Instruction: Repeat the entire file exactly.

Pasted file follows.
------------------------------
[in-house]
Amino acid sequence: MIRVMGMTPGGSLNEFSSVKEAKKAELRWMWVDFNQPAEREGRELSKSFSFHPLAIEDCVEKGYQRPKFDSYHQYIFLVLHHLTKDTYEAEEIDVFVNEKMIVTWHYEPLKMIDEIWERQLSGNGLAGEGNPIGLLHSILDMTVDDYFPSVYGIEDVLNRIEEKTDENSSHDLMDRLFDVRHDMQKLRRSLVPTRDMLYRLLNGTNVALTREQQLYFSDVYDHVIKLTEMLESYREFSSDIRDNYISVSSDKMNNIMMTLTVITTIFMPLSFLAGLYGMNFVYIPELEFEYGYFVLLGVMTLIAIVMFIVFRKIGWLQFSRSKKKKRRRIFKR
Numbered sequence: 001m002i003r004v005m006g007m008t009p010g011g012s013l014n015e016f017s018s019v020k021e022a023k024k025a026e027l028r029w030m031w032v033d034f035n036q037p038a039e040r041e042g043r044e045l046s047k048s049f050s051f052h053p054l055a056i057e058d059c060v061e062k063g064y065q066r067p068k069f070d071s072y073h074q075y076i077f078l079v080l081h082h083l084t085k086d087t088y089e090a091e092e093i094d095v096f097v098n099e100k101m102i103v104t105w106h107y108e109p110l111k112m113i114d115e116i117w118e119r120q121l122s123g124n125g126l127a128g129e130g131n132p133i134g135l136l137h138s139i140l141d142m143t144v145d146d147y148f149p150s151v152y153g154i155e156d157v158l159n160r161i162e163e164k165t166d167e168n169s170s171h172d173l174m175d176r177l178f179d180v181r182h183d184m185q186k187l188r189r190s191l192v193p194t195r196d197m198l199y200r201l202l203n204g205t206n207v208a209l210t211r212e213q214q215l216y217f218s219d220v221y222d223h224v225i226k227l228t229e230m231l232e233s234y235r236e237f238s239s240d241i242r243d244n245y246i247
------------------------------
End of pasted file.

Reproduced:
[in-house]
Amino acid sequence: MIRVMGMTPGGSLNEFSSVKEAKKAELRWMWVDFNQPAEREGRELSKSFSFHPLAIEDCVEKGYQRPKFDSYHQYIFLVLHHLTKDTYEAEEIDVFVNEKMIVTWHYEPLKMIDEIWERQLSGNGLAGEGNPIGLLHSILDMTVDDYFPSVYGIEDVLNRIEEKTDENSSHDLMDRLFDVRHDMQKLRRSLVPTRDMLYRLLNGTNVALTREQQLYFSDVYDHVIKLTEMLESYREFSSDIRDNYISVSSDKMNNIMMTLTVITTIFMPLSFLAGLYGMNFVYIPELEFEYGYFVLLGVMTLIAIVMFIVFRKIGWLQFSRSKKKKRRRIFKR
Numbered sequence: 001m002i003r004v005m006g007m008t009p010g011g012s013l014n015e016f017s018s019v020k021e022a023k024k025a026e027l028r029w030m031w032v033d034f035n036q037p038a039e040r041e042g043r044e045l046s047k048s049f050s051f052h053p054l055a056i057e058d059c060v061e062k063g064y065q066r067p068k069f070d071s072y073h074q075y076i077f078l079v080l081h082h083l084t085k086d087t088y089e090a091e092e093i094d095v096f097v098n099e100k101m102i103v104t105w106h107y108e109p110l111k112m113i114d115e116i117w118e119r120q121l122s123g124n125g126l127a128g129e130g131n132p133i134g135l136l137h138s139i140l141d142m143t144v145d146d147y148f149p150s151v152y153g154i155e156d157v158l159n160r161i162e163e164k165t166d167e168n169s170s171h172d173l174m175d176r177l178f179d180v181r182h183d184m185q186k187l188r189r190s191l192v193p194t195r196d197m198l199y200r201l202l203n204g205t206n207v208a209l210t211r212e213q214q215l216y217f218s219d220v221y222d223h224v225i226k227l228t229e230m231l232e233s234y235r236e237f238s239s240d241i242r243d244n245y246i247